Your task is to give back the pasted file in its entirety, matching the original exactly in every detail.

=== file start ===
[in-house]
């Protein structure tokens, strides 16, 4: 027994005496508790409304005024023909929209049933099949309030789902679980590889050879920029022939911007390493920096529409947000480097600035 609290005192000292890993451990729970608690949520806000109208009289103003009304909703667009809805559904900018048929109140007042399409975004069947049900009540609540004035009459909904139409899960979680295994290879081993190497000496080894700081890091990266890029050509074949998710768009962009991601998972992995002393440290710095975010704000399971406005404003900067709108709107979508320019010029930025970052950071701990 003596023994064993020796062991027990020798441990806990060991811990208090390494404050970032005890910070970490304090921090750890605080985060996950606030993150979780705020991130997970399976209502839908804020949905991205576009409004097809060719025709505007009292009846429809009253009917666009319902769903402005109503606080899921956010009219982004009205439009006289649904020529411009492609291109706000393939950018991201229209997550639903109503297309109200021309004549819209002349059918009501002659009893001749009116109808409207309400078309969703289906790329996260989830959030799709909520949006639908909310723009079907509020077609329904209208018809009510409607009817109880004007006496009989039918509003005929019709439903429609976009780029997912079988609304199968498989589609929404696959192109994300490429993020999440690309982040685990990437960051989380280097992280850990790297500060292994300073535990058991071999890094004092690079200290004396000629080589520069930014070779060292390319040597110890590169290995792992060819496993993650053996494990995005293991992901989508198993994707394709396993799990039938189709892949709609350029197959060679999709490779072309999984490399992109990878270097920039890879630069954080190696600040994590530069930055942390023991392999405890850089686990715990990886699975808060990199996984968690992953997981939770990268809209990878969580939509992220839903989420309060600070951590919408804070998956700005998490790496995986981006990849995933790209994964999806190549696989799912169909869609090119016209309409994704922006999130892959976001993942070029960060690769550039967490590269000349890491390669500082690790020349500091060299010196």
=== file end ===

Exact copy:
[in-house]
């Protein structure tokens, strides 16, 4: 027994005496508790409304005024023909929209049933099949309030789902679980590889050879920029022939911007390493920096529409947000480097600035 609290005192000292890993451990729970608690949520806000109208009289103003009304909703667009809805559904900018048929109140007042399409975004069947049900009540609540004035009459909904139409899960979680295994290879081993190497000496080894700081890091990266890029050509074949998710768009962009991601998972992995002393440290710095975010704000399971406005404003900067709108709107979508320019010029930025970052950071701990 003596023994064993020796062991027990020798441990806990060991811990208090390494404050970032005890910070970490304090921090750890605080985060996950606030993150979780705020991130997970399976209502839908804020949905991205576009409004097809060719025709505007009292009846429809009253009917666009319902769903402005109503606080899921956010009219982004009205439009006289649904020529411009492609291109706000393939950018991201229209997550639903109503297309109200021309004549819209002349059918009501002659009893001749009116109808409207309400078309969703289906790329996260989830959030799709909520949006639908909310723009079907509020077609329904209208018809009510409607009817109880004007006496009989039918509003005929019709439903429609976009780029997912079988609304199968498989589609929404696959192109994300490429993020999440690309982040685990990437960051989380280097992280850990790297500060292994300073535990058991071999890094004092690079200290004396000629080589520069930014070779060292390319040597110890590169290995792992060819496993993650053996494990995005293991992901989508198993994707394709396993799990039938189709892949709609350029197959060679999709490779072309999984490399992109990878270097920039890879630069954080190696600040994590530069930055942390023991392999405890850089686990715990990886699975808060990199996984968690992953997981939770990268809209990878969580939509992220839903989420309060600070951590919408804070998956700005998490790496995986981006990849995933790209994964999806190549696989799912169909869609090119016209309409994704922006999130892959976001993942070029960060690769550039967490590269000349890491390669500082690790020349500091060299010196």